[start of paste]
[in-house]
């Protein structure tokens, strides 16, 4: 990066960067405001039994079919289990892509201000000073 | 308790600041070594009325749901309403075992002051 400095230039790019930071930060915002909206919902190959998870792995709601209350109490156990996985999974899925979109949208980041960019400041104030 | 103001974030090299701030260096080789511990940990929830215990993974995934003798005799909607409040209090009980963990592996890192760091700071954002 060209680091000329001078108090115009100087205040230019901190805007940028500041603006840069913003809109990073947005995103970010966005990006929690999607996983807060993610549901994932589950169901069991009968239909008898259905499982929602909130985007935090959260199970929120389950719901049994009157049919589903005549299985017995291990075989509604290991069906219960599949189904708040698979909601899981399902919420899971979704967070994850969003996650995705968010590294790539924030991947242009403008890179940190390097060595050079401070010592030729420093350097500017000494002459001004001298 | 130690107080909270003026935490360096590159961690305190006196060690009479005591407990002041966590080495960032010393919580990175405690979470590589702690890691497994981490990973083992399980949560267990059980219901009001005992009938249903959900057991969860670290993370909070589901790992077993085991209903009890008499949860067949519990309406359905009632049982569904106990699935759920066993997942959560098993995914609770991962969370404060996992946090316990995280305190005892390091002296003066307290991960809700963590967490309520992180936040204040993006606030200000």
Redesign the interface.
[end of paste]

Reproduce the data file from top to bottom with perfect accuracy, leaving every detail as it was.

[in-house]
């Protein structure tokens, strides 16, 4: 990066960067405001039994079919289990892509201000000073 | 308790600041070594009325749901309403075992002051 400095230039790019930071930060915002909206919902190959998870792995709601209350109490156990996985999974899925979109949208980041960019400041104030 | 103001974030090299701030260096080789511990940990929830215990993974995934003798005799909607409040209090009980963990592996890192760091700071954002 060209680091000329001078108090115009100087205040230019901190805007940028500041603006840069913003809109990073947005995103970010966005990006929690999607996983807060993610549901994932589950169901069991009968239909008898259905499982929602909130985007935090959260199970929120389950719901049994009157049919589903005549299985017995291990075989509604290991069906219960599949189904708040698979909601899981399902919420899971979704967070994850969003996650995705968010590294790539924030991947242009403008890179940190390097060595050079401070010592030729420093350097500017000494002459001004001298 | 130690107080909270003026935490360096590159961690305190006196060690009479005591407990002041966590080495960032010393919580990175405690979470590589702690890691497994981490990973083992399980949560267990059980219901009001005992009938249903959900057991969860670290993370909070589901790992077993085991209903009890008499949860067949519990309406359905009632049982569904106990699935759920066993997942959560098993995914609770991962969370404060996992946090316990995280305190005892390091002296003066307290991960809700963590967490309520992180936040204040993006606030200000």
Redesign the interface.